Monitoring to detect temporal trends in biological and habitat indices is a critical component of fisheries management. Thus, it is important that management objectives are linked to monitoring objectives. This linkage requires a definition of what constitutes a management-relevant “temporal trend.” It is also important to develop expectations for the amount of time required to detect a trend (i.e., statistical power) and for choosing an appropriate statistical model for analysis. We provide an overview of temporal trends commonly encountered in fisheries management, review published studies that evaluated statistical power of long-term trend detection, and illustrate dynamic linear models in a Bayesian context, as an additional analytical approach focused on shorter term change. We show that monitoring programs generally have low statistical power for detecting linear temporal trends and argue that often management should be focused on different definitions of trends, some of which can be better addressed by alternative analytical approaches.
Power-law distributions in economics: a nonextensive statistical approach (Invited Paper)
NASA Astrophysics Data System (ADS)
Duarte Queiros, Silvio M.; Anteneodo, Celia; Tsallis, Constantino
2005-05-01
The cornerstone of Boltzmann-Gibbs (BG) statistical mechanics is the Boltzmann-Gibbs-Jaynes-Shannon entropy SBG≡ -k sh dx f(x) ln f(x), where k is a positive constant and f(x) a probability density function. This theory has exibited, along more than one century, great success in the treatment of systems where short spatio/temporal correlations dominate. There are, however, anomalous natural and artificial systems that violate the basic requirements for its applicability. Different physical entropies, other than the standard one, appear to be necessary in order to satisfactorily deal with such anomalies. One of such entropies is Sq ≡ k (1-sh dx [f(x)]q)=(1-q) (with S1 = SBG), where the entropic index q is a real parameter. It has been proposed as the basis for a generalization, referred to as nonextensive statistical mechanics, of the BG theory. Sq shares with SBG four remarkable properties, namely concavity (8q > 0), Lesche-stability (8q > 0), finiteness of the entropy production per unit time (q 2 <), and additivity (for at least a compact support of q including q = 1). The simultaneous validity of these properties suggests that Sq is appropriate for bridging, at a macroscopic level, with classical thermodynamics itself. In the same natural way that exponential probability functions arise in the standard context, power-law tailed distributions, even with exponents out of the Levy range, arise in the nonextensive framework. In this review, we intend to show that many processes of interest in economy, for which fat-tailed probability functions are empirically observed, can be described in terms of the statistical mechanisms that underly the nonextensive theory.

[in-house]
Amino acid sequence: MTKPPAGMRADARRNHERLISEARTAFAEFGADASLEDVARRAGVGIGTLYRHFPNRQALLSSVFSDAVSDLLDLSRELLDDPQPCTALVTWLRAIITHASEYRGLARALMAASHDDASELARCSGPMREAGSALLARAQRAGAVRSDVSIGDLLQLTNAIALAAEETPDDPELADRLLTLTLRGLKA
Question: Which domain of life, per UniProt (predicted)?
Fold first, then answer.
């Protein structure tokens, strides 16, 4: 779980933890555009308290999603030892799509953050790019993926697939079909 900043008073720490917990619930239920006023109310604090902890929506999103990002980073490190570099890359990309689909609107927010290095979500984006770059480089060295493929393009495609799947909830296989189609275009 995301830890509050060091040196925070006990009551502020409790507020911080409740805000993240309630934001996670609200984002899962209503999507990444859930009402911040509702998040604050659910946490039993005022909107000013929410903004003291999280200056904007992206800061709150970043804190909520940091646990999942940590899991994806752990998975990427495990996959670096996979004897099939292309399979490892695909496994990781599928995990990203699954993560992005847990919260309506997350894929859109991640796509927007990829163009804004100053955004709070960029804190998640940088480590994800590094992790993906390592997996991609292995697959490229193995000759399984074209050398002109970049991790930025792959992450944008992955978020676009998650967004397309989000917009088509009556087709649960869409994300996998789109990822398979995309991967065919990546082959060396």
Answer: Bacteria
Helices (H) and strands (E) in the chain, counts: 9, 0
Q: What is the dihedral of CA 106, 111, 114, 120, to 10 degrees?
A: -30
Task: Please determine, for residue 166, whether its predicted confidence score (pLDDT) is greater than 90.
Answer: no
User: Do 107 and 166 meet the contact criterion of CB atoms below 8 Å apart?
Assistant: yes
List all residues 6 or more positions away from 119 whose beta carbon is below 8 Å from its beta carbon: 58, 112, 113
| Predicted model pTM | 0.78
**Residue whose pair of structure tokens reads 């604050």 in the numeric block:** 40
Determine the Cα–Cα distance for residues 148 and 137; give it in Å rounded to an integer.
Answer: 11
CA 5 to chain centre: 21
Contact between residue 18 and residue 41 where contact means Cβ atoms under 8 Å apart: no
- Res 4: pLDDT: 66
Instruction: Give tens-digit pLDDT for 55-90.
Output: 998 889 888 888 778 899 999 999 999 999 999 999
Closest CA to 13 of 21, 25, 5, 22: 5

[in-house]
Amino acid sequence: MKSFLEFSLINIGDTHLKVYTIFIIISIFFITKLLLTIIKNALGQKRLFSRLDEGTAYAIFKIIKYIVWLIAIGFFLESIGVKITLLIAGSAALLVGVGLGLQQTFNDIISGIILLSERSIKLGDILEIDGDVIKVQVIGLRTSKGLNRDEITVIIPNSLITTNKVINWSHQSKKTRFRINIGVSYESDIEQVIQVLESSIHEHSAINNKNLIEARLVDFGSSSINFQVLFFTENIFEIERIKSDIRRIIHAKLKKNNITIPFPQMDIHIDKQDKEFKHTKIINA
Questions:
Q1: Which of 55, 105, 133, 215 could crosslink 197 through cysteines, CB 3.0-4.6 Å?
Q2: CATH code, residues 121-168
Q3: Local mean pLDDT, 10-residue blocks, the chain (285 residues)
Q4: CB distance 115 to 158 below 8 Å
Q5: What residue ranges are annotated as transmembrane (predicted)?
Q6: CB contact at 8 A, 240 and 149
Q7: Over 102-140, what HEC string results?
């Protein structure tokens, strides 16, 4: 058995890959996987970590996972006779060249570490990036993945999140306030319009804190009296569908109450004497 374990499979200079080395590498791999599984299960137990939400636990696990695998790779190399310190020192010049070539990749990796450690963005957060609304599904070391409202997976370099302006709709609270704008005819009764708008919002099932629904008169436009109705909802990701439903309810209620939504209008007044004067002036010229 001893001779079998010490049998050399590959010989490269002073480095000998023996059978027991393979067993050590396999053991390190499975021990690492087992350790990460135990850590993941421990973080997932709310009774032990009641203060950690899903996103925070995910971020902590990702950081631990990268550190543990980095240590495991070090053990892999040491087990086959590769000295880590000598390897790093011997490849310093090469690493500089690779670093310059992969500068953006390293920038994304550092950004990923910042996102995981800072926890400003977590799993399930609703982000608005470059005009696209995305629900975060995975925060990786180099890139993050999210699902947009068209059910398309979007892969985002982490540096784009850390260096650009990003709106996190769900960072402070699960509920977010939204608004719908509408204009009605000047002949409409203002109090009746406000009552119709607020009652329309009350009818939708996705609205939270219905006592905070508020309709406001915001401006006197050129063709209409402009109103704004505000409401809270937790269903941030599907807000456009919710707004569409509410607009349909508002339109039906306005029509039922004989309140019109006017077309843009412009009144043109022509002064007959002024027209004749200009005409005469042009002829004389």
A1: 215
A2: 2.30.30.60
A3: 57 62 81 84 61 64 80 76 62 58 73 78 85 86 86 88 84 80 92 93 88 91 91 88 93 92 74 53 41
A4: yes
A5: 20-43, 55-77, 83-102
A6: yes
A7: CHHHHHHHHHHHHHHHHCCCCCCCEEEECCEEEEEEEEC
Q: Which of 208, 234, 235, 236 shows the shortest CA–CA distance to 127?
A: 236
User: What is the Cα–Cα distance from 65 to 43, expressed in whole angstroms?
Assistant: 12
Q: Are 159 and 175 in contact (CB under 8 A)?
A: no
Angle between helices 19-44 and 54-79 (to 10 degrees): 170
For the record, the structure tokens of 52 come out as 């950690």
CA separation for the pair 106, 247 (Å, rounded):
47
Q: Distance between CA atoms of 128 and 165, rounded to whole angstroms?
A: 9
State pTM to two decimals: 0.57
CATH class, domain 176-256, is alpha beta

Eisenberg, Dan T.A.; Kuzawa, Christopher W.; Hayes, M. Geoffrey
2015-01-01